While Prevention through Design (PtD) may be considered a "hot topic" within the safety industry, many organizations have been slow to adopt its practices. Reasons for this range from lack of information, limited examples to validate its worth, and the changes required to typical project development. This case study provides background on this emerging topic and offers details of how PtD is being effectively applied on a complex project. The resulting safety improvements and cost savings realized on this project illustrate the benefits that can be achieved by implementing PtD. Armed with this knowledge, safety professionals can help educate architectural and engineering (A/E) consultants—the "designers" in the Prevention through Design system—so PtD can be utilized to its maximum benefit.

This case study shows how the Architect of the Capitol (AOC) used a virtual inspection of a design model to prevent fall hazards from being designed into a building renewal. AOC often undertakes design and building projects as part of fulfilling its mission to serve Congress and the Supreme Court, preserve America's Capitol, and inspire memorable experiences. AOC is responsible for the operations and care of more than 17.4 million square feet of facilities, 580 acres of grounds on Capitol Hill and other areas in the District of Columbia, Maryland, and Virginia, and thousands of works of art. Many of these facilities are historic, with limited space and, in some cases, outdated systems. AOC must make use of available technology and tools to design modern systems and incorporate the latest safety advances into these facilities, while preserving the historic character and aesthetics the American people expect.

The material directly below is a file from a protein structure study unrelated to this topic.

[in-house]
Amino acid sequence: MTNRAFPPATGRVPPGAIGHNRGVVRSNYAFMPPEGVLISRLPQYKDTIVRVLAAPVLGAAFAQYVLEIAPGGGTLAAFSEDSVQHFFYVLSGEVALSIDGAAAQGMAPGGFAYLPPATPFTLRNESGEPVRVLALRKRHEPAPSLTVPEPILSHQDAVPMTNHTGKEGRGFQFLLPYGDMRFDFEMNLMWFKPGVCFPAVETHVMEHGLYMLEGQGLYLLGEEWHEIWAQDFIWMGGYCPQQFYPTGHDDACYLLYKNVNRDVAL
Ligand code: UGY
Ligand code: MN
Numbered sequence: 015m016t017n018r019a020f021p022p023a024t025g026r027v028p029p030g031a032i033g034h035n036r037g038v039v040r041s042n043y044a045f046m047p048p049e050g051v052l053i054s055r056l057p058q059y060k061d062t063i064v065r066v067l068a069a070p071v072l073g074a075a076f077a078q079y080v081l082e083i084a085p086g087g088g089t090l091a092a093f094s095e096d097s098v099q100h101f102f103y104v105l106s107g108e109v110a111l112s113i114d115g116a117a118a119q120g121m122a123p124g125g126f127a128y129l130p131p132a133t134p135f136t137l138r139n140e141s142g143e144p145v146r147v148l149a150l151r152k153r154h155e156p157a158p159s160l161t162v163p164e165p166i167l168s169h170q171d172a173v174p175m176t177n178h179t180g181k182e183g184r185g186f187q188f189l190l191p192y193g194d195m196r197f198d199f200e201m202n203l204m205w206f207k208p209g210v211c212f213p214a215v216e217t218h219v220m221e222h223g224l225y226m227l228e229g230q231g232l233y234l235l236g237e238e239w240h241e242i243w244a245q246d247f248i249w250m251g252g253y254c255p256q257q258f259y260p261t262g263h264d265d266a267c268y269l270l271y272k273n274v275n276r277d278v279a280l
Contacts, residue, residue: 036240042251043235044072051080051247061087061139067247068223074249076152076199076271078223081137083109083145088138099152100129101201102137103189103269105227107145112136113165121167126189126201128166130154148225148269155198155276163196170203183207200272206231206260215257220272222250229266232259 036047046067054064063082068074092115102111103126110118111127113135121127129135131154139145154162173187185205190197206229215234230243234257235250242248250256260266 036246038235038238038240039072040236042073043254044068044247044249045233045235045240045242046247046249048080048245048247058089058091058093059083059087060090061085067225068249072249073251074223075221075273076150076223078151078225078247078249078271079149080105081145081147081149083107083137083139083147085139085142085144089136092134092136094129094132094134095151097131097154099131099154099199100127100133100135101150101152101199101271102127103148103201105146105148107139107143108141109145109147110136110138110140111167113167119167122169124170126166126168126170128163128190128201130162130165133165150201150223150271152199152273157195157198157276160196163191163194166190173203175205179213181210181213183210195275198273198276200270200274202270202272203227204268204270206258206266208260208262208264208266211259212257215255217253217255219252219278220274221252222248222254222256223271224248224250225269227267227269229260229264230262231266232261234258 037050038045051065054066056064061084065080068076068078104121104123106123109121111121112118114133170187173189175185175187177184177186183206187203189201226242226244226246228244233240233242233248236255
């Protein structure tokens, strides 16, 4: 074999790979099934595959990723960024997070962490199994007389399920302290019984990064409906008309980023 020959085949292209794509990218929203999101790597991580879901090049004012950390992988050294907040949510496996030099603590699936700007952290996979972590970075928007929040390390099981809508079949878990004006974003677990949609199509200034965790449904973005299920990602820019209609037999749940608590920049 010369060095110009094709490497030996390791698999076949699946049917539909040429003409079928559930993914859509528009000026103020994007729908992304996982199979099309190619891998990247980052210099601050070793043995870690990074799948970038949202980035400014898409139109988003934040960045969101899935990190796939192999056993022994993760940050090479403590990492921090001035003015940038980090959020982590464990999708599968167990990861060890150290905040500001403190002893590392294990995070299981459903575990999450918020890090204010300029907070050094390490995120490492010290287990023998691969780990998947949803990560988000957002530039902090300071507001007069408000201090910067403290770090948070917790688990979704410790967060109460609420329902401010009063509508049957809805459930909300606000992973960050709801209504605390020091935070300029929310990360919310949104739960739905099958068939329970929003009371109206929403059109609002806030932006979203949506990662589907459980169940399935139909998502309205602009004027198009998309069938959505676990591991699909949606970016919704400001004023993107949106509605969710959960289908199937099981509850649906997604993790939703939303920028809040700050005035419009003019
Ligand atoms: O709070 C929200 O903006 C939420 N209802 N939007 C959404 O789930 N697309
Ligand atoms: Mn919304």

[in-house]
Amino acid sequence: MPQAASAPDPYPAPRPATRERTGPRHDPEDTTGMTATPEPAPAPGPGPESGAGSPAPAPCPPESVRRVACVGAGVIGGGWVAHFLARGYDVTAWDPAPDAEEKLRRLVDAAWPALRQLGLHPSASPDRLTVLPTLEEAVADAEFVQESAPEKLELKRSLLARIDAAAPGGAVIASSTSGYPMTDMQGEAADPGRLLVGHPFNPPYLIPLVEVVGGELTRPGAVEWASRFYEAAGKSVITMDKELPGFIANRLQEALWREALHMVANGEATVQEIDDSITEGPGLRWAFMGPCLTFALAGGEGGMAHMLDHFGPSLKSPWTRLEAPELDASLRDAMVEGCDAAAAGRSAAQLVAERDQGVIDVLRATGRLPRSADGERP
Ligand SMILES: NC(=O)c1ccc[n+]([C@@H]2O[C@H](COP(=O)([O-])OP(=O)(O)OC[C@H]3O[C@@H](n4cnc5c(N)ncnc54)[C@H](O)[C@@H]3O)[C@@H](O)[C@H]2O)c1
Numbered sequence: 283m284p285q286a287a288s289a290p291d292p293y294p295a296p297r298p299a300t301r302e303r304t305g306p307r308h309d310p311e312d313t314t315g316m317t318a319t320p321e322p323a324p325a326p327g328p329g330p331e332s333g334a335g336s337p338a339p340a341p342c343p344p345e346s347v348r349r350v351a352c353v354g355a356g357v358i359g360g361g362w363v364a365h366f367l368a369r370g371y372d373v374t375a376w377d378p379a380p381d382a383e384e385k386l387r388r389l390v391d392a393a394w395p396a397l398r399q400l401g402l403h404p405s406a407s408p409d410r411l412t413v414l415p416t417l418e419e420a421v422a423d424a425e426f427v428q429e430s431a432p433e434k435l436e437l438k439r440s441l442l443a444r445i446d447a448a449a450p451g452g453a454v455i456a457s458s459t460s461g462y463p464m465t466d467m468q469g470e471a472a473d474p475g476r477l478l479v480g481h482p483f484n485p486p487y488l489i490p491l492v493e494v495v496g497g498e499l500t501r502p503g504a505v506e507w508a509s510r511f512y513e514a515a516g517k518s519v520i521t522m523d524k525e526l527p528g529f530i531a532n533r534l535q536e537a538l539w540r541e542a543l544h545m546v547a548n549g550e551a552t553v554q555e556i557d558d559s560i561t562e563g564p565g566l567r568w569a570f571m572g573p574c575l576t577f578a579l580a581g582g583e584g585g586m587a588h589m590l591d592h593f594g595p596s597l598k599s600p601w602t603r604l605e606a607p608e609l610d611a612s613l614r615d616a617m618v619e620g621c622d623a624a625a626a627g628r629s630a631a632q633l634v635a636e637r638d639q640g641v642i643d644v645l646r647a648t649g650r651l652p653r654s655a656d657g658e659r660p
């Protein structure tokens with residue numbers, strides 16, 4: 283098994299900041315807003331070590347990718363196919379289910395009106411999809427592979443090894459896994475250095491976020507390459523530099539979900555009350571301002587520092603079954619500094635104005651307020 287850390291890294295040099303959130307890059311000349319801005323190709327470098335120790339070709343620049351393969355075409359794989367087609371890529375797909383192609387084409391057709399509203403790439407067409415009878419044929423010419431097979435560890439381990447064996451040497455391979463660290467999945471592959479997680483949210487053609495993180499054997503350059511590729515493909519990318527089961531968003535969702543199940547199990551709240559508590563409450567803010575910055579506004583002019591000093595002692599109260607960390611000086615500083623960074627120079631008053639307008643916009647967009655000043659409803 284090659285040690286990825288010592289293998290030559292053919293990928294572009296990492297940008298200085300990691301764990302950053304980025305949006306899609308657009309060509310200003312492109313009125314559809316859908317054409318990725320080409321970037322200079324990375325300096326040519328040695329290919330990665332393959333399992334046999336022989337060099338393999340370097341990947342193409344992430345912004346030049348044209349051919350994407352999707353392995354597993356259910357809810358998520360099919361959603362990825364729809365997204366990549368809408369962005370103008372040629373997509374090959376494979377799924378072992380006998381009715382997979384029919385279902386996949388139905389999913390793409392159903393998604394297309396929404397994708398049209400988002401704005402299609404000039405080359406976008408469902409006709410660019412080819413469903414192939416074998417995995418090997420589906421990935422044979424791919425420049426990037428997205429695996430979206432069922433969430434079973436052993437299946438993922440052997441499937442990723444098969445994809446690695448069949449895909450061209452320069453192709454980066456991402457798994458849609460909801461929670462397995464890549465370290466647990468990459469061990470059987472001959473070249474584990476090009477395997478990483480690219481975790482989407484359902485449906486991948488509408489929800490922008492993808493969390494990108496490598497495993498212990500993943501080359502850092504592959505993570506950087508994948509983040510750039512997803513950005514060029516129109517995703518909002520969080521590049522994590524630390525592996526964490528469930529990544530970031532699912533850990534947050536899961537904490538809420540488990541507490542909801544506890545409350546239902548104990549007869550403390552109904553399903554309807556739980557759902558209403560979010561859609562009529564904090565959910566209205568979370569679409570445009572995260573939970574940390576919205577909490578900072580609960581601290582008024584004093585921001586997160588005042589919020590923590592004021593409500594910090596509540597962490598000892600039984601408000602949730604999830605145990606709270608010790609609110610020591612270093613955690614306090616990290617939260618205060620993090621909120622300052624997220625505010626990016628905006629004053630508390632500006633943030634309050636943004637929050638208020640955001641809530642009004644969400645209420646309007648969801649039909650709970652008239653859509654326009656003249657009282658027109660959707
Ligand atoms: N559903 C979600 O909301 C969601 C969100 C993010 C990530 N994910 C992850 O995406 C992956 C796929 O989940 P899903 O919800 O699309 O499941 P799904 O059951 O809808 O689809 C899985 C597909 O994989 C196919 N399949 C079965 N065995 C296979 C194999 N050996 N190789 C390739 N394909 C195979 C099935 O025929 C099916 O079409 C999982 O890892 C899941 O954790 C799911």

Why Use Prevention through Design?

Organizations that have applied PtD programs have benefited from meaningful results: life-threatening work hazards are reduced, productivity is improved, and costs are lowered.

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